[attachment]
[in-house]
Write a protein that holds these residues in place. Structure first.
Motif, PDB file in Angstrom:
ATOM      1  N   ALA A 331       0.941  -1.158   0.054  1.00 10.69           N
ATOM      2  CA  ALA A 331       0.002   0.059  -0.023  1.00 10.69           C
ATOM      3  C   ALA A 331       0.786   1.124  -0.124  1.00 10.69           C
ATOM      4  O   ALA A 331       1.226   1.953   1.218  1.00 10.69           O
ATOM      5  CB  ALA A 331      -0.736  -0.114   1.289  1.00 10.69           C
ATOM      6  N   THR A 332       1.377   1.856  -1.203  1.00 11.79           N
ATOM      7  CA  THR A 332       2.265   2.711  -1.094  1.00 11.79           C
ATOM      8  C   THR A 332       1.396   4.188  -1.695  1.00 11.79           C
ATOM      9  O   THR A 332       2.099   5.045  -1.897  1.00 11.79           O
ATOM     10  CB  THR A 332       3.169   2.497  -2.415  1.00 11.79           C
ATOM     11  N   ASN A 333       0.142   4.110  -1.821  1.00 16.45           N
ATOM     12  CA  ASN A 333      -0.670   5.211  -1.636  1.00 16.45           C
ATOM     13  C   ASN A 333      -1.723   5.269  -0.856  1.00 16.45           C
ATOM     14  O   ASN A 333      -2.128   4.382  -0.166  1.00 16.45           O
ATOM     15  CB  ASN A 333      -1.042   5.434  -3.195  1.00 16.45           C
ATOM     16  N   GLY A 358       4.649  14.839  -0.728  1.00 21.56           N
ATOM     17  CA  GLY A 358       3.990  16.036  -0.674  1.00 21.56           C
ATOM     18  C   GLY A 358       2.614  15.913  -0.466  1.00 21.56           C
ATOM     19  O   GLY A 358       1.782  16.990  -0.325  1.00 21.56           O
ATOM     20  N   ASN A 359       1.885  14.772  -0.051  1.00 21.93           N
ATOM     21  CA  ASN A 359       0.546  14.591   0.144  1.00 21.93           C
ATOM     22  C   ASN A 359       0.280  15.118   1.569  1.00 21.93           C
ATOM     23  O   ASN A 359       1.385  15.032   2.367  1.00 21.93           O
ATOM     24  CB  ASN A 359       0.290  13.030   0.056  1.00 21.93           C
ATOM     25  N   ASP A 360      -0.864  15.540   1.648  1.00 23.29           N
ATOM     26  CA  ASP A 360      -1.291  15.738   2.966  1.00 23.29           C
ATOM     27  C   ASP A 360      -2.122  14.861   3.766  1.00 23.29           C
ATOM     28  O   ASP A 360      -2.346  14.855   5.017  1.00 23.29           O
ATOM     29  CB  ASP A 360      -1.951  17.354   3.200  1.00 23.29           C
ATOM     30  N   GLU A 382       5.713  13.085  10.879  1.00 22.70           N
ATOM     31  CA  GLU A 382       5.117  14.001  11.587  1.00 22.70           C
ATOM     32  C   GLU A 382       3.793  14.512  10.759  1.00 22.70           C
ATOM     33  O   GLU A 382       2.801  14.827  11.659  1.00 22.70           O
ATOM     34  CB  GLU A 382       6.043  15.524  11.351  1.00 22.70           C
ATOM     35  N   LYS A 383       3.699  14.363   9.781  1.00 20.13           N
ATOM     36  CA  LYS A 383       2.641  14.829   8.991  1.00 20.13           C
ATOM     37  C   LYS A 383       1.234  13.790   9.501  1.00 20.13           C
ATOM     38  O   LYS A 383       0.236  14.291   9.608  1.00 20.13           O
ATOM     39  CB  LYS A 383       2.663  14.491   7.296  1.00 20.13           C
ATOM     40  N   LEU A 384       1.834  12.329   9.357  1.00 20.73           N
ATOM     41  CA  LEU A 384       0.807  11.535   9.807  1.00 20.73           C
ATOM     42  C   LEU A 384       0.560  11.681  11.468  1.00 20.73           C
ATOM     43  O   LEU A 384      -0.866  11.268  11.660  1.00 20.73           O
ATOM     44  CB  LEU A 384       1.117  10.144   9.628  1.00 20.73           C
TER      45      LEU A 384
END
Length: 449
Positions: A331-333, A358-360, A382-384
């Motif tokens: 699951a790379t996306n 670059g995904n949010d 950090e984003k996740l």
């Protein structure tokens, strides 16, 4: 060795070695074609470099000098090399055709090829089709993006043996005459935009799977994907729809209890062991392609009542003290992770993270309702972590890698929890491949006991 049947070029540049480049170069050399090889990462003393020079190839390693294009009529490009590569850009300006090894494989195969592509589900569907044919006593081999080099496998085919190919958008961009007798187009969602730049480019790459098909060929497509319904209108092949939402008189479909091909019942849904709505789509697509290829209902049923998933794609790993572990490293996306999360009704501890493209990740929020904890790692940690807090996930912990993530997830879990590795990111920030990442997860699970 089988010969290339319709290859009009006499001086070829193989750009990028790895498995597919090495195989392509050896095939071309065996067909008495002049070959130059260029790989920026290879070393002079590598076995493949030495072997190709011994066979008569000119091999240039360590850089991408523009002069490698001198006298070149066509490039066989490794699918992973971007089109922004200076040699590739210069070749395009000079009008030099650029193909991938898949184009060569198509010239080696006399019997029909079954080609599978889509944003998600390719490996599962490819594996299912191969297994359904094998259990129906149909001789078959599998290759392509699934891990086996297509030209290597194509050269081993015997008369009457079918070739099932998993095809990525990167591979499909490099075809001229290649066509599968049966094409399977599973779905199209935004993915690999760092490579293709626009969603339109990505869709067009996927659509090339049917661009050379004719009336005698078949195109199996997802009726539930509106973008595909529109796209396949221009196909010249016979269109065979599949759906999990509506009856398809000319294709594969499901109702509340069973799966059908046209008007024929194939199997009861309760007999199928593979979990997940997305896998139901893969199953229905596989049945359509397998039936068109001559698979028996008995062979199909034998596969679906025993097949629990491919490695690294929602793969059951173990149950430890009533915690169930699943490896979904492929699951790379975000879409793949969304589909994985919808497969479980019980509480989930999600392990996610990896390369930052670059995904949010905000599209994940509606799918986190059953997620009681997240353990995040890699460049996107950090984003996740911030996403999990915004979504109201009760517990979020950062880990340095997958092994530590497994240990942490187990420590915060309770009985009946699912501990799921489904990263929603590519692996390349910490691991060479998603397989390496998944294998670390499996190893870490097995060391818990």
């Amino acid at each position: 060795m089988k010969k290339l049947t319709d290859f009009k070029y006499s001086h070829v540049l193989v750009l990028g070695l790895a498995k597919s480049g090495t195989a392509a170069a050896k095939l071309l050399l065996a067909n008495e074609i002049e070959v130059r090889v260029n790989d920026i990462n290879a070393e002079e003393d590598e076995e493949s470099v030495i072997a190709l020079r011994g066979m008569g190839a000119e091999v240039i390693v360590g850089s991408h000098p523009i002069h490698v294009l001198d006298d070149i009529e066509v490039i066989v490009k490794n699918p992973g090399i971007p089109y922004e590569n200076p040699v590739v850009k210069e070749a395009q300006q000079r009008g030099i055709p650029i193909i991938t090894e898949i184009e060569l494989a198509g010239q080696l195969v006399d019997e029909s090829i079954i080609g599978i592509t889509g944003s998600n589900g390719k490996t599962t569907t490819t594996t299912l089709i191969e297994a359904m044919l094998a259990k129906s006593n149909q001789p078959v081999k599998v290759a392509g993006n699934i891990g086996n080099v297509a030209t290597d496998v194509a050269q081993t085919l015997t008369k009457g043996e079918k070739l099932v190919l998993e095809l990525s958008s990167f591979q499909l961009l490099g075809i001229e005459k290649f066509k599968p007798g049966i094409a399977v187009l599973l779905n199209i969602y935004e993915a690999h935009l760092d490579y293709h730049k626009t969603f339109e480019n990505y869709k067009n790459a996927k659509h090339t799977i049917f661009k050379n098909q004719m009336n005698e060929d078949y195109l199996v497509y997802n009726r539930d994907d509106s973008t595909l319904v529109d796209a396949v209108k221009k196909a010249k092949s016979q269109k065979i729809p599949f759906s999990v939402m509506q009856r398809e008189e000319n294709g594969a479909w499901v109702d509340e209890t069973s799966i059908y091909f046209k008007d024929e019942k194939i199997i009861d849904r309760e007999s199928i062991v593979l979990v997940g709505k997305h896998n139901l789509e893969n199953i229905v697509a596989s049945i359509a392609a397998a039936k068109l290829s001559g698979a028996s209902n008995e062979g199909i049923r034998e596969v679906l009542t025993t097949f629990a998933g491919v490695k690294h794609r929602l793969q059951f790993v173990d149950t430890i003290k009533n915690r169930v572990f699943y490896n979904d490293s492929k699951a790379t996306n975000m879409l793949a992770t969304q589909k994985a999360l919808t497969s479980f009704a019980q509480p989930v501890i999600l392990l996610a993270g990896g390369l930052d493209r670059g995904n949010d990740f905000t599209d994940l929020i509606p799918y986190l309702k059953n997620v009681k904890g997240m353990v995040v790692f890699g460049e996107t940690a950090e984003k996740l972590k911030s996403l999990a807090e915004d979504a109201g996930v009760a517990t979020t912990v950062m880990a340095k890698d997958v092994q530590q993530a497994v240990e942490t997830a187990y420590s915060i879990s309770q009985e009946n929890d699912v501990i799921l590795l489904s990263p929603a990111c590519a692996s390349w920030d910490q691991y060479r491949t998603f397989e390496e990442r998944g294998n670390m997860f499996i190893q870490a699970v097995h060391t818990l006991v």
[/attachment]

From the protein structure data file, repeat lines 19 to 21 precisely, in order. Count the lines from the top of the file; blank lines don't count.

ATOM     16  N   GLY A 358       4.649  14.839  -0.728  1.00 21.56           N
ATOM     17  CA  GLY A 358       3.990  16.036  -0.674  1.00 21.56           C
ATOM     18  C   GLY A 358       2.614  15.913  -0.466  1.00 21.56           C